Battersea’s guide to creating a safe space for your dog

Vitabiotics | Published: 20231213

Battersea’s guide to creating a safe space for your dog

Vitabiotics is proud to partner with historic animal charity Battersea, making a donation for every pack sold*, That means for every pack of SuperDog you buy, you’ll help to support all the work that Battersea does. We believe dogs and dog owners are stronger together.

Do dogs need their own space?

All dogs need a safe space of their own where they can relax and know they won’t be disturbed. Not only will this make your dog feel even more comfortable at home, but it will also be helpful for when you need to leave them for a short period of time, as you can encourage them to settle in their safe space.

Firstly, it’s important to make sure that your dog is comfortable being left alone for a short period of time. Dogs are pack animals, and this traces back to their ancestral instincts. If you’ve ever wondered why your canine companion follows you around a lot of the time, this is why! Some dogs may be more anxious about being left for a certain period of time, whereas others may settle more quickly. Be sure to look out for the following anxious dog symptoms:

  • Excessive panting
  • Lip licking
  • Pacing
  • Yawning
  • Tail between legs
  • Ears pinned back
  • Paw raises
Dog looking nervously.
Dog looking nervously.

Encourage your dog to be independent

If you notice your dog may be showing signs of anxiety before being left alone, they could be struggling with their confidence. The good news is that this can easily be resolved with some simple training. For example, you could teach them a fun new trick or practice behaviours that they’re already familiar with, such as ‘sit’, ‘lie down’ and ‘paw’. Be sure to offer them plenty of praise and reward them with a treat when they engage in the desired behaviour. We recommend reading our dog body language guide to better understand your dog's feelings and train them more effectively.

If your dog is particularly anxious and struggles to be away from you, even for short periods of time, then it’s worth teaching them how to settle on their own. Start by filling a food dispensing toy with some of your dog’s favourite treats and place this on the floor while you’re relaxing or watching TV. Place the toy further away from you each time over a period of time. When they’re occupied with it, be sure to go in and out of the room as normal. As your dog starts to get more used to this, you can even try placing the food dispensing toy in different rooms around your home. This will keep your dog busy and gradually encourage them to be more independent.

As most dogs learn certain behaviours associated with separation anxiety from an early age, it can take a bit of time for them to unlearn this. Only leave them for short periods of time at first, before slowly increasing this gradually, a minute at a time if necessary, with toys and items that will keep them occupied.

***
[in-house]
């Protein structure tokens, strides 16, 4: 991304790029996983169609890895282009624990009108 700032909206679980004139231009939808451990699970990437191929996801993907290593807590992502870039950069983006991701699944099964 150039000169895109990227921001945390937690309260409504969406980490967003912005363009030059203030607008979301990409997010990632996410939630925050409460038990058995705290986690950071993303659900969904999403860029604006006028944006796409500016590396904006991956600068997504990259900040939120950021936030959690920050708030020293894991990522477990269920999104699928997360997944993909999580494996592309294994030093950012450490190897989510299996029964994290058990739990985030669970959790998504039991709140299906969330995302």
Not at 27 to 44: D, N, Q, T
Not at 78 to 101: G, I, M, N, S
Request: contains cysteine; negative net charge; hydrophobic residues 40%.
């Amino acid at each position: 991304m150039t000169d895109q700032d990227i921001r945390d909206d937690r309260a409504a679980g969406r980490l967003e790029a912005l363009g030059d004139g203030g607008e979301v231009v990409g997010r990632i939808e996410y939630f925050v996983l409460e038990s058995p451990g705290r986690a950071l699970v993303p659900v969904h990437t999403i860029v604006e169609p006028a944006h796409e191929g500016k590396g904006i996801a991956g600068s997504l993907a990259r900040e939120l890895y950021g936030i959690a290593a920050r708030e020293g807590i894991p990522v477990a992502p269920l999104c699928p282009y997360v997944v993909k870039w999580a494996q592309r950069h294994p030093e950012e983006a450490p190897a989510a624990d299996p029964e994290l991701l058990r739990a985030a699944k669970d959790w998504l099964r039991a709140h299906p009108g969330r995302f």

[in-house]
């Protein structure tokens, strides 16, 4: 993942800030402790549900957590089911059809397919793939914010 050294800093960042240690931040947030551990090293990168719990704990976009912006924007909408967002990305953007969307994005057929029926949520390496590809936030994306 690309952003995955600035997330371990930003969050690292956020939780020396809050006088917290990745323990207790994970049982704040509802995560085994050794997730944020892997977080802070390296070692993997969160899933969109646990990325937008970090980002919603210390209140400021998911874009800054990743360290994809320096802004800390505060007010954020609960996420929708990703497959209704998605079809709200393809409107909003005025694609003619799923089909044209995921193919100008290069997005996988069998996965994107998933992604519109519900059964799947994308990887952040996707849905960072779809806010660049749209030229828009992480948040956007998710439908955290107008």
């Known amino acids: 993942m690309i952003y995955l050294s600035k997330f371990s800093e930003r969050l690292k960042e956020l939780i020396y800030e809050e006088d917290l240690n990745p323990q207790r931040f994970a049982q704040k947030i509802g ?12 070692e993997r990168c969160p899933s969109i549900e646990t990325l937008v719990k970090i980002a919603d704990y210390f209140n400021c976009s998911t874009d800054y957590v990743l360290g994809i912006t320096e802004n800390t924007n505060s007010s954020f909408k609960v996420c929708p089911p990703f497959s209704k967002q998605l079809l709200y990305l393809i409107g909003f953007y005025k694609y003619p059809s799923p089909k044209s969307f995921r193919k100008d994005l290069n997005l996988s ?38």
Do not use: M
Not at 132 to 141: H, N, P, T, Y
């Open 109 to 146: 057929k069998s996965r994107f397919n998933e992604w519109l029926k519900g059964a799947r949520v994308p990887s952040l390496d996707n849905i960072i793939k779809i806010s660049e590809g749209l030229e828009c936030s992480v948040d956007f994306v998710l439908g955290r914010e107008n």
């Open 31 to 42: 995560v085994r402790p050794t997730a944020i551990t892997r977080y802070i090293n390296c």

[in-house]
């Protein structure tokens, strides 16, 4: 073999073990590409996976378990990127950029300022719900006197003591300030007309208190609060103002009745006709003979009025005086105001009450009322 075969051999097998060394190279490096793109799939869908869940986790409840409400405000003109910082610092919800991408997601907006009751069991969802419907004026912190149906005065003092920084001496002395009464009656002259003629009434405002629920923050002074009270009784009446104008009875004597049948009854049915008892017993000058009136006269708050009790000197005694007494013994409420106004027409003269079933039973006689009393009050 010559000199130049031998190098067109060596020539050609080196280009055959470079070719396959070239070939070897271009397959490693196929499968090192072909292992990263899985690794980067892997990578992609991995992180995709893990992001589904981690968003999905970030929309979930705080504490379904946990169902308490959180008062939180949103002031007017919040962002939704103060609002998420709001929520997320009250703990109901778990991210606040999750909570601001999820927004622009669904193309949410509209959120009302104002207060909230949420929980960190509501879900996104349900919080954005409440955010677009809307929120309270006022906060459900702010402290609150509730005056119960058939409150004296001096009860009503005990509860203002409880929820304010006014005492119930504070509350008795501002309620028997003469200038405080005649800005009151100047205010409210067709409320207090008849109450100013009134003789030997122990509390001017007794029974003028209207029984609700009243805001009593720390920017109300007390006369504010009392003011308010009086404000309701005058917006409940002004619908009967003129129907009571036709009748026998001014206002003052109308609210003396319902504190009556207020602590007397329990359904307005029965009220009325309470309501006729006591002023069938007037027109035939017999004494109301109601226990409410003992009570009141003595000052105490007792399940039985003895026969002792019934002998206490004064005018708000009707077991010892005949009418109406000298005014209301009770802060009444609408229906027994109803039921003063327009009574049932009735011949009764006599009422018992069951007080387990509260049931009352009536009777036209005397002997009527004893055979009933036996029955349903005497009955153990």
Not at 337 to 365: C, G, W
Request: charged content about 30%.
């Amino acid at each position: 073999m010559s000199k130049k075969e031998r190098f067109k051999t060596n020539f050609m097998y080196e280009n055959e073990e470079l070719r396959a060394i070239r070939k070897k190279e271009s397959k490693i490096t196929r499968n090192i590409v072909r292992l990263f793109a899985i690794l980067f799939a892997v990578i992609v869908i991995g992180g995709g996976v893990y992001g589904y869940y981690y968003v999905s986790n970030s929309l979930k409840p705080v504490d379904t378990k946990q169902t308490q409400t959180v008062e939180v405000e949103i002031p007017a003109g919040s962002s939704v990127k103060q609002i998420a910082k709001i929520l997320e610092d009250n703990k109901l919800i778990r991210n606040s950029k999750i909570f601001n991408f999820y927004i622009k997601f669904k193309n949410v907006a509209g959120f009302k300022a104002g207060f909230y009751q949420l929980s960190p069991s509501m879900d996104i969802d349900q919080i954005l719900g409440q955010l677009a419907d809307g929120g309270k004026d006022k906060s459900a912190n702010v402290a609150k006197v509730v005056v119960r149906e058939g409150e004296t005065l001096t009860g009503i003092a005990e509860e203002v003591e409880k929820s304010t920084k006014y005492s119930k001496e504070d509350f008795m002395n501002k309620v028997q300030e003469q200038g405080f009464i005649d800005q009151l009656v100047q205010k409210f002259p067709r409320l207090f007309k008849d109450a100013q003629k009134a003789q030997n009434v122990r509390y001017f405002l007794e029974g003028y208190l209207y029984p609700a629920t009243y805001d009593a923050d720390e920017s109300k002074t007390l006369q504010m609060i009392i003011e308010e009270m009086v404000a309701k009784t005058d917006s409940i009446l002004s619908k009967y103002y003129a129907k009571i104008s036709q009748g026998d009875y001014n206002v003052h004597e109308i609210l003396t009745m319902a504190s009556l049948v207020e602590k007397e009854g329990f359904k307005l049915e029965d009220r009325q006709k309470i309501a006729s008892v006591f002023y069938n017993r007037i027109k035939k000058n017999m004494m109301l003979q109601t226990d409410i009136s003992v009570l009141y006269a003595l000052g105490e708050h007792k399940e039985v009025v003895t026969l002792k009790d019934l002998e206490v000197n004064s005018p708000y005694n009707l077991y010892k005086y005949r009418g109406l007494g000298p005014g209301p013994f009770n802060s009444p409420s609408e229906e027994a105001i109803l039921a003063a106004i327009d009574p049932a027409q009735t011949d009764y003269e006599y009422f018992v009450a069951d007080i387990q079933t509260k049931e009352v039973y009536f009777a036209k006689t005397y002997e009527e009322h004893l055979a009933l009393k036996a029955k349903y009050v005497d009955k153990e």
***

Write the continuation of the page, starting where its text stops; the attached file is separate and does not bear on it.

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Start creating a safe space for your dog

Once your dog is comfortable being on their own, you can start creating their safe space.

A great way to create a safe space for your dog is by covering a large blanket around a stable item such a table, so that your dog can retreat to the space underneath it. If your dog has a crate and is used to spending time in that, then this will work perfectly too. Make their safe space cosy and snug by adding lots of soft blankets and your dog's favourite crate toys for an added sense of security. This will help them to build positive associations with the space.

Dog being hugged by owner.
Dog being hugged by owner.

Desensitise your dog to loud sounds

It’s also important to desensitise your dog to loud sounds to help keep them calm in situations that can make them anxious. An example of this would be them hearing and reacting to fireworks.

In your home, you can practice playing some sound effects that replicate loud noises, such as fireworks. You can do this on your phone or a similar device. Start by getting your dog settled in their safe space before playing the sound at the lowest volume. Slowly increase the volume until you notice your dog reacting to the sounds. At this stage, it’s important to leave the volume at this level to allow them to get used to it.

Practice doing this 3-4 times a day. With time, your dog will stop reacting to the sounds and this is when you can start to build a positive association between your dog and the sounds. When your dog is settled in their safe space, play the sounds at a low volume again. As soon as your dog hears the sounds, give them a treat and reassure them. This is so they start to associate the sound with something positive happening.

Creating a safe space for dogs requires keen observation and a lot of practice. Continue to practice this a few times over the course of a few days, while gradually increasing the volume of the sound. This will help your dog to associate the sounds with something they enjoy when they’re in their safe space, while minimizing the chance of them reacting in real situations when they hear loud and unfamiliar sounds.

Please note that there's no tail wag quite like the one from a healthy pup, so make sure to have our SuperDog supplements on hand. These daily delights not only make for a tasty treat but also play a role in supporting your dog's overall health and vitality.

Vitabiotics is proud to be a long-term supporter of Battersea. Vitabiotics donates 35p plus VAT of every pack of SuperDog sold. This will help fund their vital work supporting dogs and cats in their centres and around the world.

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